The three emission subbands observed for GDQs appeared in GQDs-Fe3O4 NC also but at slightly different wavelengths (Figure 3(b)) which confirm that they originate from pure GQDs. An extra subband component appeared at 568 nm which was not previously observed and is assigned to the ππ transition in GQDs-Fe3O4 NC. Furthermore, the observed PL spectra can be considered to arise from transitions from the lowest unoccupied molecular orbital in Fe3O4 to the highest occupied molecular orbital in GQDs. We conclude that, in both cases, the observed PL spectra are assigned to ππ transitions; however in the case of NC, this transition can be also affected by an increase in the absorption cross section due to the interaction between GQDs and Fe3O4 in NC. This assumption is based on the fact that since the physical and chemical properties of GQDs-Fe3O4 NC change considerably at the nanoscale level, the optical properties also change. It was shown that not only the size of the polymeric structures within the quantum dots can change their emissions, but also surface functionalization can tune resulting luminescence through modulating material band gap [20, 21]. Therefore, one can conclude that GQDs possess a tunable energy band gap where the shift in the spectral position can be controlled by attaching GQDs to different nanoparticles [22].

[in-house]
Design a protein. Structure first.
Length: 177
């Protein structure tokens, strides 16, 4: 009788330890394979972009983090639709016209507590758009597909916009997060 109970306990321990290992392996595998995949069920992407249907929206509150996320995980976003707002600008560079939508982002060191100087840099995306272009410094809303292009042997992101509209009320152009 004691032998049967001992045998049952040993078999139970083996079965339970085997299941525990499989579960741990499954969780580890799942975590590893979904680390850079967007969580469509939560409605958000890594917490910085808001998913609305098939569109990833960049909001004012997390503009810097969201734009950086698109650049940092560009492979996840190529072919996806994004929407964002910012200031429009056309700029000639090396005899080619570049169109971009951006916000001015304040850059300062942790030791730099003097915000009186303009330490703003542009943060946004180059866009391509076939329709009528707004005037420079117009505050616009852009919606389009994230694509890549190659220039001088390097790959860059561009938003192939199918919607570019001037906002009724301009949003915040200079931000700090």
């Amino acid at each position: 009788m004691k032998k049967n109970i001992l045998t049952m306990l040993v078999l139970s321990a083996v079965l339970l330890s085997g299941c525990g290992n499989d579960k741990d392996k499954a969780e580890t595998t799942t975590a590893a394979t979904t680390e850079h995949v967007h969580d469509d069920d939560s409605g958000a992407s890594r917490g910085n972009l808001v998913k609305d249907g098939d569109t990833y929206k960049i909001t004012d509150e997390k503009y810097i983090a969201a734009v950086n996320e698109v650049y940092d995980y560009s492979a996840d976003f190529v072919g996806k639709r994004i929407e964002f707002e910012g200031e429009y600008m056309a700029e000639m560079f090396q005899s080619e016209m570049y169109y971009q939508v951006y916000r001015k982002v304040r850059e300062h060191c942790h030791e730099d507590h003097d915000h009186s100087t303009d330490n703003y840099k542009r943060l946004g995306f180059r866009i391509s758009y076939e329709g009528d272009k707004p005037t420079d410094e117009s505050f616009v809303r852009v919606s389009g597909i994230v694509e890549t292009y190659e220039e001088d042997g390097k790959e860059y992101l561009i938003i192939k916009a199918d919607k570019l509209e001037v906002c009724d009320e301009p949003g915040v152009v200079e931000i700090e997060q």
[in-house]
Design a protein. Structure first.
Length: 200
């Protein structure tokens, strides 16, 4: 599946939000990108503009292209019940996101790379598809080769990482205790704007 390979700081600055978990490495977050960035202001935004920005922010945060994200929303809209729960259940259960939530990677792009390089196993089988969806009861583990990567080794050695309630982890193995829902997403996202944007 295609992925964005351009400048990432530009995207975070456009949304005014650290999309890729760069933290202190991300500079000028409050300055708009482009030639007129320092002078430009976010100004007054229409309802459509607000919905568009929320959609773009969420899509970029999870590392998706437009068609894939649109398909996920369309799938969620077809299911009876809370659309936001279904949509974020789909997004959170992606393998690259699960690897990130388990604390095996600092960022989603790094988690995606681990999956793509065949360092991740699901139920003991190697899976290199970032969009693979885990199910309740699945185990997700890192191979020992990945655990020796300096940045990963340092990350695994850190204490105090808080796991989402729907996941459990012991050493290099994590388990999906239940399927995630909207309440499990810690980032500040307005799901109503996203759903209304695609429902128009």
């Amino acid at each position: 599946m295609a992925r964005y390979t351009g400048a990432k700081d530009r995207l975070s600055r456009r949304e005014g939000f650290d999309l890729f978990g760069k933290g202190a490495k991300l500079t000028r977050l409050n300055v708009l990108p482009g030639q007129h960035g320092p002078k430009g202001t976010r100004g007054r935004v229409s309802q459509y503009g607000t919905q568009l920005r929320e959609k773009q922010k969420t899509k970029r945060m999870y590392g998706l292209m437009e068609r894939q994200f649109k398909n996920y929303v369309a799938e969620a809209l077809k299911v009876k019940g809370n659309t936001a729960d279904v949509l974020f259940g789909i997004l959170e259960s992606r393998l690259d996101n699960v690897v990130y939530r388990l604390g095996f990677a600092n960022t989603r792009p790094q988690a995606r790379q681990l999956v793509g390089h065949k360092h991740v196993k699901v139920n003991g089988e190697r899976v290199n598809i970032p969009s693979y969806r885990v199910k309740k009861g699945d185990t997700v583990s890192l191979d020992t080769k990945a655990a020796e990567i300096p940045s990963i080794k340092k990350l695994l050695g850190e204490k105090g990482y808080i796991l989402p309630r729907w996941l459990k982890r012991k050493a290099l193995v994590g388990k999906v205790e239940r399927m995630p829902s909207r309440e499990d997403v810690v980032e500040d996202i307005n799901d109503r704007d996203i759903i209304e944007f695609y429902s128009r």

We conclude that such materials might be useful in medical treatments [23] relying on the facts that graphene-based nanomaterials have already shown strong optical absorption in the near-infrared region, and that the GQDs-Fe3O4 NC are optically active. Therefore, heat can be generated efficiently under light irradiation. Thus, raising temperature at tissue sites by using absorbing NC can promote the selective destruction of affected cells when used for the photothermal therapy [23].

The optical spectrum of Fe3O4 was not recorded because this compound is not soluble in solvents used in our study—it forms a suspension, where Fe3O4 particles can be considered as black bodies with respect to the optical absorption properties of an active medium. Therefore, the light absorption efficiency is the same across the scanned spectral range, and it is free from any characteristic absorption bands. A small deviation from the black body approximation may give some scattering effects; however, this was not considered here. Anyhow, Fe3O4 material does not show any emission by itself; however, the GQDs-Fe3O4 NC generates interesting optical features as presented above.

We have studied the magnetic properties of GQDs, GQDs-Fe3O4, and Fe3O4 magnetic nanoparticles involved in the synthesized NCs. We observed that the Fe3O4 powder with particle size between 50 and 60 nm exhibits a strong magnetization curve as shown in Figure 4(a). It is seen that the magnetization curve of a Fe3O4 sample shows a hysteresis loop; that is, nanoparticles of interest maintain the domain structure and thus is considered as ferromagnetic. Analysis of the respective magnetization hysteresis loop indicated that its magnetic permeability is 6,487, which is in acceptable agreement with the reported earlier value of 6,783 [24].

Figure 4: Experimental magnetization curves of Fe3O4 powder (a), GQDs (b), and GQD-Fe3O4 NC (c) while (a′), (b′), and (c′) panels correspond to fitting curves using (2). (d, d′) direct comparison and fitting data showing magnetic properties of reference Fe3O4 powder data (curve 1), GQD-Fe3O4 composite (curve 2, data factorized with factor 40), and pure GQD (curve 3, data factorized with factor 800).